Lately, Wright has become interested in activism that combines animal rights with human concerns and the environment. He feels at home at CORE. "It's like my dream come true, to bring all the issues together," he said.

The center consists of two rooms. Up front, plywood-and-block bookshelves house a lending library of used books donated by collective members. Neatly typed labels denote categories: Anarchism. Labor. Alternative Health Care. Fascism, Conspiracy and the Far Right. Peace & Nonviolence.

A bulletin board offers petitions to sign protesting police "repression" of homeless people in downtown St. Petersburg. A handwritten note on a scrap of paper advertises for a reggae drummer.

Fliers are stacked on a table: How a Rape-Free World Could Benefit Men. Protect Our Public Lands. The Bank of New York Kills Puppies.

One wall holds new books for sale. They range from vegan cookbooks to civil disobedience tracts to sex manuals for gays, bisexuals and transgendered people.

"This is stuff you can't find at Barnes & Noble," said Ateek, grinning.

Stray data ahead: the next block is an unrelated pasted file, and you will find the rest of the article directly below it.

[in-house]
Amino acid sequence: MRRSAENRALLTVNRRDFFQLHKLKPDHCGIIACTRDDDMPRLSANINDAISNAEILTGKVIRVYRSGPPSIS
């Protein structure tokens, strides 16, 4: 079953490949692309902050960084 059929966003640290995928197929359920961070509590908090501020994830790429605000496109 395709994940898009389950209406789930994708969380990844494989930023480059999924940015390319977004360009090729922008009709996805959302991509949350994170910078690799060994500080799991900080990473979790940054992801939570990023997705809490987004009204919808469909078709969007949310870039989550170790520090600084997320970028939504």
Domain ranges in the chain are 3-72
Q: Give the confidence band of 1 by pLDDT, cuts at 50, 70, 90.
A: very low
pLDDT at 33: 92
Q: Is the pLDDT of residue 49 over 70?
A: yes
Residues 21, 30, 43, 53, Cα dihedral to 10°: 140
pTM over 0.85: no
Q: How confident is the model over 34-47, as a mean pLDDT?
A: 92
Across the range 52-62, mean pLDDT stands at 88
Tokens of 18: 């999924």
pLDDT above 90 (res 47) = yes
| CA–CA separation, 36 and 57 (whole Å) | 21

The back room of the CORE center functions as a meeting and seminar space and makeshift concert hall. Strips of pink eggshell foam are tacked to the masonry walls to absorb sound. Two microphones stand on a homemade stage covered in recycled carpet.

In its first month, the center has hosted four concerts, said Ateek. "Three punk rock and one jazz."

Coming up are bands called the Skabs ("on tour from NYC"), the Backstabbers and Civil Dissidence ("anarcho-crust from Fort Myers"). Ateek said the concerts usually draw about 50 people, many of them teens who are too young to get into bars where other bands play.

The center is also open afternoons for those who want to browse in the library and talk activism. So far, traffic has been slow.